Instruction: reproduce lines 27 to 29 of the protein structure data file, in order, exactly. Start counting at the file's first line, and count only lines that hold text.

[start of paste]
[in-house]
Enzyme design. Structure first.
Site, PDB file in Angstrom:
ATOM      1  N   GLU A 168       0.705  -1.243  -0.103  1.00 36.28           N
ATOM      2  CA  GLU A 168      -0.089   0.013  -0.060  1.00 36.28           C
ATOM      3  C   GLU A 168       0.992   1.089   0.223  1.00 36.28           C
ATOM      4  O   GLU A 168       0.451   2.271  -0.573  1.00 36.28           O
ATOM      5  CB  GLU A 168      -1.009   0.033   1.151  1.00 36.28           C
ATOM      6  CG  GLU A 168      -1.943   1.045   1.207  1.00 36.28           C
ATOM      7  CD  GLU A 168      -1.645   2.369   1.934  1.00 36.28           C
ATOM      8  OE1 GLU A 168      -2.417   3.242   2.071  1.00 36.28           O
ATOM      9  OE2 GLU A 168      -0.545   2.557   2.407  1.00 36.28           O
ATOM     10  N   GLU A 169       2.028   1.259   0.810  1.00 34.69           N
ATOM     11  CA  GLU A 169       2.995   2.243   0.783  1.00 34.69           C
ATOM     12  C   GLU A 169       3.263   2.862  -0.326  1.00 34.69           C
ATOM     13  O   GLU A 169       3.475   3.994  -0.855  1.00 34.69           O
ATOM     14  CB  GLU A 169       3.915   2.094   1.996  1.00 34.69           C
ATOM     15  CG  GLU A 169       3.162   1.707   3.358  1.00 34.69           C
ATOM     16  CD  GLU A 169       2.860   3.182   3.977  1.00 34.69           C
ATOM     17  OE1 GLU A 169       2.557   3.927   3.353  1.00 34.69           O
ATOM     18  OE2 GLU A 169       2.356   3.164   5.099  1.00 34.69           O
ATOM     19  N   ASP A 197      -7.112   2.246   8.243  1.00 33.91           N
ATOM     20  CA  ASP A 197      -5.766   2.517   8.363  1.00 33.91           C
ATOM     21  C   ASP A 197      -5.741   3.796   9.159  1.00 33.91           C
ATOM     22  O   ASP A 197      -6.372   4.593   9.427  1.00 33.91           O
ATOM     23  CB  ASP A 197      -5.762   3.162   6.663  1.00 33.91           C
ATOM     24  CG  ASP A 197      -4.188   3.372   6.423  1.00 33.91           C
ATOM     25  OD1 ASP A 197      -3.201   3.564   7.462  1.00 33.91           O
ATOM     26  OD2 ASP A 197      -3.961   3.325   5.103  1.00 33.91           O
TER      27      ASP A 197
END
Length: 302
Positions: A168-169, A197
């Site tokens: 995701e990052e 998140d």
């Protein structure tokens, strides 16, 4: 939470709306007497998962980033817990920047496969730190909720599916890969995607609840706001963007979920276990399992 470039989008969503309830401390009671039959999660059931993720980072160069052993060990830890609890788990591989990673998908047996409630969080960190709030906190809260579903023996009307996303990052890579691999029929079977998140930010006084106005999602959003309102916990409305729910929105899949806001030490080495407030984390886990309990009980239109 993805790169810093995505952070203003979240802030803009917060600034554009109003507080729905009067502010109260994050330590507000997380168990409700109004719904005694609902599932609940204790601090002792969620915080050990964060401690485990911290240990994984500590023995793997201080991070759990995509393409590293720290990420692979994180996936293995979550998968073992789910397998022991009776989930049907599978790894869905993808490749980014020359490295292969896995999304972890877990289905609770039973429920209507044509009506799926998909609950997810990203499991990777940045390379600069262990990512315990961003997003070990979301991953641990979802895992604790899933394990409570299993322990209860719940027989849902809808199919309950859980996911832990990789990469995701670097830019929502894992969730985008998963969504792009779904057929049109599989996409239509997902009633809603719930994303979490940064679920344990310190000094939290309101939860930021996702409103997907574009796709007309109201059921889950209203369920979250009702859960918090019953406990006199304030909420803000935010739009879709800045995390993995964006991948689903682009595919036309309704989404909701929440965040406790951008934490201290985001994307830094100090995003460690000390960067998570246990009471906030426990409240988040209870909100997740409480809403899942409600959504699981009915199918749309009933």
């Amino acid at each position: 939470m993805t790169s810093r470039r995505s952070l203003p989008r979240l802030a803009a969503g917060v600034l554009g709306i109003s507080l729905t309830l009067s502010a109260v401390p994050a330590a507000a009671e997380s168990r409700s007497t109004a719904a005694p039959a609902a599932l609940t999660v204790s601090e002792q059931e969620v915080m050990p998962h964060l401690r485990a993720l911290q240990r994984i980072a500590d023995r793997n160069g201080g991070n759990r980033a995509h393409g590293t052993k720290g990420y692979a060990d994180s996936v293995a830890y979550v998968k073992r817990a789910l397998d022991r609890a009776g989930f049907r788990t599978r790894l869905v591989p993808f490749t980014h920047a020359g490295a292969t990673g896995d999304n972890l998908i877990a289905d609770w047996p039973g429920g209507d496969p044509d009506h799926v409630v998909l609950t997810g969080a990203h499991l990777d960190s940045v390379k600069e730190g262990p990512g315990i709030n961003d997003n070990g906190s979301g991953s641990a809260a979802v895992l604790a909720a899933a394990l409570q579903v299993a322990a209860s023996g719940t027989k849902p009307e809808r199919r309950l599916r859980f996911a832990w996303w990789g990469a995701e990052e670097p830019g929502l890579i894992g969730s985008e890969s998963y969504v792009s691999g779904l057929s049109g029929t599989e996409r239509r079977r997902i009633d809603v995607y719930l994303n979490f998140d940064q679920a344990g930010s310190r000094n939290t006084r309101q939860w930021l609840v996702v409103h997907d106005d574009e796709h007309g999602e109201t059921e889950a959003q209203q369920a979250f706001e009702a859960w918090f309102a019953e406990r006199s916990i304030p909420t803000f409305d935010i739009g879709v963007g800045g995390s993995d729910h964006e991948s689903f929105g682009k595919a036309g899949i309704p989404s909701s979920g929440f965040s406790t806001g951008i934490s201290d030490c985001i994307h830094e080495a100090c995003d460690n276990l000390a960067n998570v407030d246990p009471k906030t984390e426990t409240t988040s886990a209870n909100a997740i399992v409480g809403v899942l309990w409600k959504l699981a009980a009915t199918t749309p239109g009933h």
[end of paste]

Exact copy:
ATOM     24  CG  ASP A 197      -4.188   3.372   6.423  1.00 33.91           C
ATOM     25  OD1 ASP A 197      -3.201   3.564   7.462  1.00 33.91           O
ATOM     26  OD2 ASP A 197      -3.961   3.325   5.103  1.00 33.91           O